• Plan the study ahead to know the images needed to answer the clinical question(s), while minimizing study time (Personnel exposure time).
  • The decision to use Ultrasound Enhancing Agents (UEA) ideally should be made ahead a time to avoid procedure prolongation for preparing.
  • Restrict students and/or inexperienced technologists to minimize scan time.
  • Rapid review and documentation of Echo results with communication with the appropriate staff.
  • Staff should practice appropriate safety precautions (PPE, hand-washing, etc.)

 

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Publications of Interest

COVID-19 pandemic and cardiac imaging: EACVI recommendations on precautions, indications, prioritization, and protection for patients and healthcare personnel

Skulstad H, Cosyns B, Popescu BA, et. al. European Heart Journal – Cardiovascular Imaging (2020) 0, 1–7 doi:10.1093/ehjci/jeaa072

Key Points (For patients with suspected or confirmed COVID – 19 Infection)

  • Target studies to cases in which an imaging test can provide clinically important management information using the most appropriate modality to obtain the needed information.
  • Recognize and assess the risk of a study to personnel or equipment relative to the contamination of personnel and/or other patients related to transportation.
  • Appropriate personnel protective practices and thorough and complete equipment cleaning between cases are critical for ultimate safety.
  • Consider Bedside echocardiography (including POCUS) with limited/focused studies to answer the specific question being addressed. TEE high risk for personnel exposure – consider alternative imaging modalities.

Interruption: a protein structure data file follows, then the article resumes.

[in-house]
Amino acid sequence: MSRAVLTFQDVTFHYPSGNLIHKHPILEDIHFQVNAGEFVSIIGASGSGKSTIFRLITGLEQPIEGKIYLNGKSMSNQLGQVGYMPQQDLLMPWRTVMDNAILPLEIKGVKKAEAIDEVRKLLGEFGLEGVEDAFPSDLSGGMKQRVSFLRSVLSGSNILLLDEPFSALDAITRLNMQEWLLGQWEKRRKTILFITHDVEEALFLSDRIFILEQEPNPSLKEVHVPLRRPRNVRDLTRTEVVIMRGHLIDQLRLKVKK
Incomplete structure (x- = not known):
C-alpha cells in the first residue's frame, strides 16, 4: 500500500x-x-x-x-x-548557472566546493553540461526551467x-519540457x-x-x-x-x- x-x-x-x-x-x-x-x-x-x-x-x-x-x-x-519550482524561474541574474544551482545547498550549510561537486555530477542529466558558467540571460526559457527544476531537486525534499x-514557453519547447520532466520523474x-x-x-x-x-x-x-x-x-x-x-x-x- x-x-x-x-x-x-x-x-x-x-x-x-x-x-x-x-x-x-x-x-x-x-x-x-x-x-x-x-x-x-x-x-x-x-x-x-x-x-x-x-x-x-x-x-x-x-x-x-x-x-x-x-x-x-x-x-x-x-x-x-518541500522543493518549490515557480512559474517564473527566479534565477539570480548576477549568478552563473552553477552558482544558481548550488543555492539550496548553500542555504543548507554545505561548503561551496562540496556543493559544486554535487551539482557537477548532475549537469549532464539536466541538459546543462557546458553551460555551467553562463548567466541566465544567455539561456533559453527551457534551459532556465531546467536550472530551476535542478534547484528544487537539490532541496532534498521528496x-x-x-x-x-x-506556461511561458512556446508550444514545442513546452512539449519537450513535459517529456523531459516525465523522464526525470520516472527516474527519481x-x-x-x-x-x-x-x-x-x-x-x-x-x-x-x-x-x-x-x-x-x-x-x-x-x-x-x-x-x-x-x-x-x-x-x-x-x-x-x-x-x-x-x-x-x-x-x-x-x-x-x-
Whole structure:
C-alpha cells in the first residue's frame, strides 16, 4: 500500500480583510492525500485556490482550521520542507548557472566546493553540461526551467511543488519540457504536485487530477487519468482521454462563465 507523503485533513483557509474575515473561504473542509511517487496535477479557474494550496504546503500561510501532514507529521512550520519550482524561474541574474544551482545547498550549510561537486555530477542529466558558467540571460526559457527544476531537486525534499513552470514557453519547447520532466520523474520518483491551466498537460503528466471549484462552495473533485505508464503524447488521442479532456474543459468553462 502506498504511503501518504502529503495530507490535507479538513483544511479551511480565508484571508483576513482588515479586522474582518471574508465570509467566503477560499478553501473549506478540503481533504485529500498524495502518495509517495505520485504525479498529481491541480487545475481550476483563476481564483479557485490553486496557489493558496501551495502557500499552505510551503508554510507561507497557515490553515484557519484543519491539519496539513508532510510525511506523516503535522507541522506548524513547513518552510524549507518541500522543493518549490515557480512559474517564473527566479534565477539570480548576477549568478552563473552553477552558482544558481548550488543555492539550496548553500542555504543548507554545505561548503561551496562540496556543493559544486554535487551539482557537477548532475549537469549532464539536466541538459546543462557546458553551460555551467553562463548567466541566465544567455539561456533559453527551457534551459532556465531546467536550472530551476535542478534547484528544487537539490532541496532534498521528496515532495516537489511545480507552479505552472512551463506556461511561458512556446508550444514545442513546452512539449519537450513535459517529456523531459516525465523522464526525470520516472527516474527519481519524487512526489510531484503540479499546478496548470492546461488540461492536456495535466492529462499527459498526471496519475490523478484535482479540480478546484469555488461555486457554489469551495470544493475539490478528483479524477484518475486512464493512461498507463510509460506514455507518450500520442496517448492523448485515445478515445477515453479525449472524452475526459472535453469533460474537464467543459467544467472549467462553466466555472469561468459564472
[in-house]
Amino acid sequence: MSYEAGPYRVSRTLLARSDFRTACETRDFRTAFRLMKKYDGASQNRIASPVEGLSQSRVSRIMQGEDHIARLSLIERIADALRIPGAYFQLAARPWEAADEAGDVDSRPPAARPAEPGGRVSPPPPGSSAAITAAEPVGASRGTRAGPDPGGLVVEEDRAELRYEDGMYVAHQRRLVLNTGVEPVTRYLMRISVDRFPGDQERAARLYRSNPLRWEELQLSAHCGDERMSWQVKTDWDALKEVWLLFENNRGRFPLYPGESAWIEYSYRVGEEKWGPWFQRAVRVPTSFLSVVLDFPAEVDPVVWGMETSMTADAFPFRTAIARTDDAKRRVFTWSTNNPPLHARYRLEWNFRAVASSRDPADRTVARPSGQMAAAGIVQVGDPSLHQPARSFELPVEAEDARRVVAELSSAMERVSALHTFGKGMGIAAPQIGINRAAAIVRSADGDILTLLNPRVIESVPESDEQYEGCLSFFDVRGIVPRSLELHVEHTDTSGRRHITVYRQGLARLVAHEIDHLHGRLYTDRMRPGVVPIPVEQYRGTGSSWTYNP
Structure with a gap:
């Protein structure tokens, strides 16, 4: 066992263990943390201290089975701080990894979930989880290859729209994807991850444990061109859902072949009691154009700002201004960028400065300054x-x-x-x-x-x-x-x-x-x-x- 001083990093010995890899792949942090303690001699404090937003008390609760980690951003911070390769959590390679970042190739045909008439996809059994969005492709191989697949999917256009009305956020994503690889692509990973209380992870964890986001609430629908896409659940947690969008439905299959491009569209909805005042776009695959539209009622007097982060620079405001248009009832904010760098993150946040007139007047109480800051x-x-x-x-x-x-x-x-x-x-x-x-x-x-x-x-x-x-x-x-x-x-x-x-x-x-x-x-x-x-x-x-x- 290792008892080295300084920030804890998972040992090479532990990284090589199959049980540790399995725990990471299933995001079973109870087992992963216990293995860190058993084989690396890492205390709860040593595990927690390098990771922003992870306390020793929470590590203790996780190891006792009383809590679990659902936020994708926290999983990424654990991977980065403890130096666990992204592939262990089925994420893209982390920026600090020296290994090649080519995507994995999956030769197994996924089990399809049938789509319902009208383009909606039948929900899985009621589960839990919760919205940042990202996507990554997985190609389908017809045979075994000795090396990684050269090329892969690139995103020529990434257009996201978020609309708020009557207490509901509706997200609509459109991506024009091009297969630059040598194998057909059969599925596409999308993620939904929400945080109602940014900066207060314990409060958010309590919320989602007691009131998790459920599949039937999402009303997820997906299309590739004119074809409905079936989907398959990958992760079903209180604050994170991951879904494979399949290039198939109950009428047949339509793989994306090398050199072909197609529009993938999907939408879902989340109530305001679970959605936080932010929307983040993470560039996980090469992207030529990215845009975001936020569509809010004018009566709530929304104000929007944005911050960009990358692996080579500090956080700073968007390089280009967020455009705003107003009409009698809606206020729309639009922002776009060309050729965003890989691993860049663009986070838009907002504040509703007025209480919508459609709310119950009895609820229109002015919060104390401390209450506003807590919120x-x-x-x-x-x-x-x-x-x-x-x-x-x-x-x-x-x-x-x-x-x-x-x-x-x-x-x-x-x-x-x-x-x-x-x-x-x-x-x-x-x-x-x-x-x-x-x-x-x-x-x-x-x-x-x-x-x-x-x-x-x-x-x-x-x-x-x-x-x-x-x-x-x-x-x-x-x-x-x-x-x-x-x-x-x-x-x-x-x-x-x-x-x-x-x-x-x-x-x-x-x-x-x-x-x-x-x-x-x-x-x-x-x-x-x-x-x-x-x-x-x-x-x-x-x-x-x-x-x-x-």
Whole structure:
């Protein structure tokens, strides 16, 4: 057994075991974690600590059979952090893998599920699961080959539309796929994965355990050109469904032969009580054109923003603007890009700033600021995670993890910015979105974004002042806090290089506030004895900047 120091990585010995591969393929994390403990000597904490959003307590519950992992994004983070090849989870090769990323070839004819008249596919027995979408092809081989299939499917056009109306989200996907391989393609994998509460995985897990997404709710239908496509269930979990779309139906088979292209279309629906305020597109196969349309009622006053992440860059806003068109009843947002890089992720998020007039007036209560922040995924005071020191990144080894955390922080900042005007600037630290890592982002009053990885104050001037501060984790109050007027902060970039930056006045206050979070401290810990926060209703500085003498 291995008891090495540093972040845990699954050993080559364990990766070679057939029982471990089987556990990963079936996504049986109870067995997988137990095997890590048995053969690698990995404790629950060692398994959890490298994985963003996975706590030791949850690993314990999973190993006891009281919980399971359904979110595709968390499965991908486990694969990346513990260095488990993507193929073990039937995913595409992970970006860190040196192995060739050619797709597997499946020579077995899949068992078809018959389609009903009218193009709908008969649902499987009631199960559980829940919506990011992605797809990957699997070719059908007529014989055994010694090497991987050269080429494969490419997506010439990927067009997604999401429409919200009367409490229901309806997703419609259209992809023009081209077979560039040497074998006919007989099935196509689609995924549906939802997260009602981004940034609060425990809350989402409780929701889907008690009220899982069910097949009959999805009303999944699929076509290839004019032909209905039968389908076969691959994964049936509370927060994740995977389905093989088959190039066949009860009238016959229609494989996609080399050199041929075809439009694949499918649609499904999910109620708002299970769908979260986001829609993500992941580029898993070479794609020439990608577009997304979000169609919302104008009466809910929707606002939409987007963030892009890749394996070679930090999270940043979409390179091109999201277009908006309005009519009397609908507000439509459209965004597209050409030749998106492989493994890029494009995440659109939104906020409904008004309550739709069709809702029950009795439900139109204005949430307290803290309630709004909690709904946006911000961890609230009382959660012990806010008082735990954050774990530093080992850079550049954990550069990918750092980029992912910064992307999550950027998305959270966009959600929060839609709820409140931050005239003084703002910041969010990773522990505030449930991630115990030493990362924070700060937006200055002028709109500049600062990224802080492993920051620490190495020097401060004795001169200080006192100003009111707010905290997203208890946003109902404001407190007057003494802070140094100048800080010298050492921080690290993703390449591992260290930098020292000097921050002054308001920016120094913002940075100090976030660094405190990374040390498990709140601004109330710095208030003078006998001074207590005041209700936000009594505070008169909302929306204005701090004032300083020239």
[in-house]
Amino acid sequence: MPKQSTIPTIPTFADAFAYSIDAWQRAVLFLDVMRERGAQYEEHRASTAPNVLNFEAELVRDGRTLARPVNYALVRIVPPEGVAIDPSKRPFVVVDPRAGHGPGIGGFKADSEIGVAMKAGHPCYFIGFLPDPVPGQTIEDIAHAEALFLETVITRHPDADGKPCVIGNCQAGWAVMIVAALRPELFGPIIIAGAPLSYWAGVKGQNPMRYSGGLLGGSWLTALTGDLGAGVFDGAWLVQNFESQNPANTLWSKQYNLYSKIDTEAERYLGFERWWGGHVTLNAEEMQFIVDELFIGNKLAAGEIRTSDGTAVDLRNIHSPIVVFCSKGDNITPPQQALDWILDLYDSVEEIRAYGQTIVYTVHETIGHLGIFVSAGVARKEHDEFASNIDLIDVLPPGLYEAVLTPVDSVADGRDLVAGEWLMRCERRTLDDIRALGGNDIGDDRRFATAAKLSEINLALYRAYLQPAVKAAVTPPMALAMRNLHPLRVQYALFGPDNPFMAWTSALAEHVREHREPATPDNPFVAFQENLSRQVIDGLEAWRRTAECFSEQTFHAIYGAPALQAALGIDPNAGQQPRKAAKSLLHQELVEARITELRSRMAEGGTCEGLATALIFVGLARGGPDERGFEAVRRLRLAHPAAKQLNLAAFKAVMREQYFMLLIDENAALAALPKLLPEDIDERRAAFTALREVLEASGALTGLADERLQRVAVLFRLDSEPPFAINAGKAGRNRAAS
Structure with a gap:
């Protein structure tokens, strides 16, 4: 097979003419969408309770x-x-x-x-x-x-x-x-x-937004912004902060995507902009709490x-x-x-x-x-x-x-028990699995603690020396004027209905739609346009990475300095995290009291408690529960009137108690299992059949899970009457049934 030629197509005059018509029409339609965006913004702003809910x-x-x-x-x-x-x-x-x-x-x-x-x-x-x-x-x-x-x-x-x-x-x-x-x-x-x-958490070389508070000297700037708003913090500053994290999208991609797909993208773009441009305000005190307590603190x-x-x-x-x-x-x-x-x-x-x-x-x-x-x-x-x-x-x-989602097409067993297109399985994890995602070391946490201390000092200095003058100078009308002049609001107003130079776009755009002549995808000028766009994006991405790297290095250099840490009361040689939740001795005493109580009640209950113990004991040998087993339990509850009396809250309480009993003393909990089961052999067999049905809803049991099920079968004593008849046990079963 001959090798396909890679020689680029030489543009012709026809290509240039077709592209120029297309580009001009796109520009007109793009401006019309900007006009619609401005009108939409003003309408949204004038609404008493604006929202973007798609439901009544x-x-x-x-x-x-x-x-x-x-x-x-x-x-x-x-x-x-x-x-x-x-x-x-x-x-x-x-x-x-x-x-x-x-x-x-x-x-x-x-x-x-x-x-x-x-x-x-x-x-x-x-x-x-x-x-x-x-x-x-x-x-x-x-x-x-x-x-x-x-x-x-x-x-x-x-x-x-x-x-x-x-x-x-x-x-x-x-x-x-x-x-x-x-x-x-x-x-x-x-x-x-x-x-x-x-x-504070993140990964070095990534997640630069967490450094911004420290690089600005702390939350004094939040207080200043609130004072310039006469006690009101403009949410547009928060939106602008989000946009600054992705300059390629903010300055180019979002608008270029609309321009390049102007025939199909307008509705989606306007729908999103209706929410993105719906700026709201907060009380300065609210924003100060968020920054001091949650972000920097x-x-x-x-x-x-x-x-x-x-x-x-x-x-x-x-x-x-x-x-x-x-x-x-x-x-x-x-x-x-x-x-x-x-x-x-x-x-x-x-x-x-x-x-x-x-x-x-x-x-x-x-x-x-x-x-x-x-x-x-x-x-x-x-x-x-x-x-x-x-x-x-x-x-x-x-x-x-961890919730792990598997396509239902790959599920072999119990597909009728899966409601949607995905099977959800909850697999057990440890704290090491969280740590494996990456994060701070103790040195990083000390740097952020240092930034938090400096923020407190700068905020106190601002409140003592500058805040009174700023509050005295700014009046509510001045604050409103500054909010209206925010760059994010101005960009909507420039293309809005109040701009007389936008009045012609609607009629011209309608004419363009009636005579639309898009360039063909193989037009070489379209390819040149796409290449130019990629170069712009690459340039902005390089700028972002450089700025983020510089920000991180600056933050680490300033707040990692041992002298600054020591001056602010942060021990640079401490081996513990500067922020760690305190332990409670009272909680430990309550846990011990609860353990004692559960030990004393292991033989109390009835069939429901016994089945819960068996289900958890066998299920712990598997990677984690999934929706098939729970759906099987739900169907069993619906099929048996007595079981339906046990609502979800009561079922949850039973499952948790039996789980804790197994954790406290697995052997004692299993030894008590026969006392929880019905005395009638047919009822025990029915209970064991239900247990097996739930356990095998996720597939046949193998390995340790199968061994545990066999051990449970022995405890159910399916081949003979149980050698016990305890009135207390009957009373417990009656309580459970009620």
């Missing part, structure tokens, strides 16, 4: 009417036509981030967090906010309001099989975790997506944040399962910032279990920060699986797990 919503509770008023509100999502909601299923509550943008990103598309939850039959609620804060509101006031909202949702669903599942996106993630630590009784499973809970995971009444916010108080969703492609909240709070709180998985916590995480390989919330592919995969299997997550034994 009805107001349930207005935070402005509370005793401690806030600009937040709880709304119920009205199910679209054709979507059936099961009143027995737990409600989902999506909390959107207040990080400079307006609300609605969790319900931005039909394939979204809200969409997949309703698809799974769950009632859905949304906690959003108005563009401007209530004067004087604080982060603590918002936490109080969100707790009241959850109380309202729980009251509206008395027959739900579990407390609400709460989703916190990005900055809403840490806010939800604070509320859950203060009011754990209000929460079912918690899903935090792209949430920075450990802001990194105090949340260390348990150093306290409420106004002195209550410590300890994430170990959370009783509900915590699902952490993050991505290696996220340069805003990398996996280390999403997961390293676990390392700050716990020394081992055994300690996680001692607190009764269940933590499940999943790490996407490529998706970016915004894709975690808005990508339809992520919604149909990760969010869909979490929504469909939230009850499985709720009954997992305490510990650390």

• Chest CT with modifications can be useful for multiple evaluations; pneumonia and coronary anatomy.
  • Left ventricular can be assessed during coronary angiography.
  • CMR for myocardial metabolic functional evaluation – particularly assessing myocarditis is an important to modality.

 

 

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Society & Hospital Guidelines

Interim Guidance for Basic and Advanced Life Support in Adults, Children, and Neonates With Suspected or Confirmed COVID 19

From the Emergency Cardiovascular Care Committee and Get With the Guideline-Resuscitation Adult and Pediatric Task Forces of the American Heart Association in collaboration with the American Academy of Pediatrics, American Association for Respiratory Care, American College of Emergency Physicians, The Society of Critical Care Anesthesiologists, and American Society of Anesthesiologists: Supporting Organizations: American Association of Critical Care Nurses and National EMS Physicians.

Edelson DP, Sasson C, Chan PS, et.al. Circulation

10.1161/CIRCULATIONAHA.120.047463

Guidelines written regards CPR during the COVID – 19 Pandemic with a major focus on professions safety of Resuscitation Team Members in managing patients known or at risk for COVID – 19 infection.